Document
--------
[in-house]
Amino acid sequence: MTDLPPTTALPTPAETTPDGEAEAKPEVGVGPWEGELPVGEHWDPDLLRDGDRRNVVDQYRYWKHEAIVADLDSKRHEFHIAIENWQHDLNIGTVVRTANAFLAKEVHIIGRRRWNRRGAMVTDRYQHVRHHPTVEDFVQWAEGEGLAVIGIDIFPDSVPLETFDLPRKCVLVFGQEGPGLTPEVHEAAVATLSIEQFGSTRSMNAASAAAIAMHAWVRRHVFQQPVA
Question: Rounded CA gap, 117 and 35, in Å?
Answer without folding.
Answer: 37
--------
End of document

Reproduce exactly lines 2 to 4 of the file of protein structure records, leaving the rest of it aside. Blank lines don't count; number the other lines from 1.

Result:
Amino acid sequence: MTDLPPTTALPTPAETTPDGEAEAKPEVGVGPWEGELPVGEHWDPDLLRDGDRRNVVDQYRYWKHEAIVADLDSKRHEFHIAIENWQHDLNIGTVVRTANAFLAKEVHIIGRRRWNRRGAMVTDRYQHVRHHPTVEDFVQWAEGEGLAVIGIDIFPDSVPLETFDLPRKCVLVFGQEGPGLTPEVHEAAVATLSIEQFGSTRSMNAASAAAIAMHAWVRRHVFQQPVA
Question: Rounded CA gap, 117 and 35, in Å?
Answer without folding.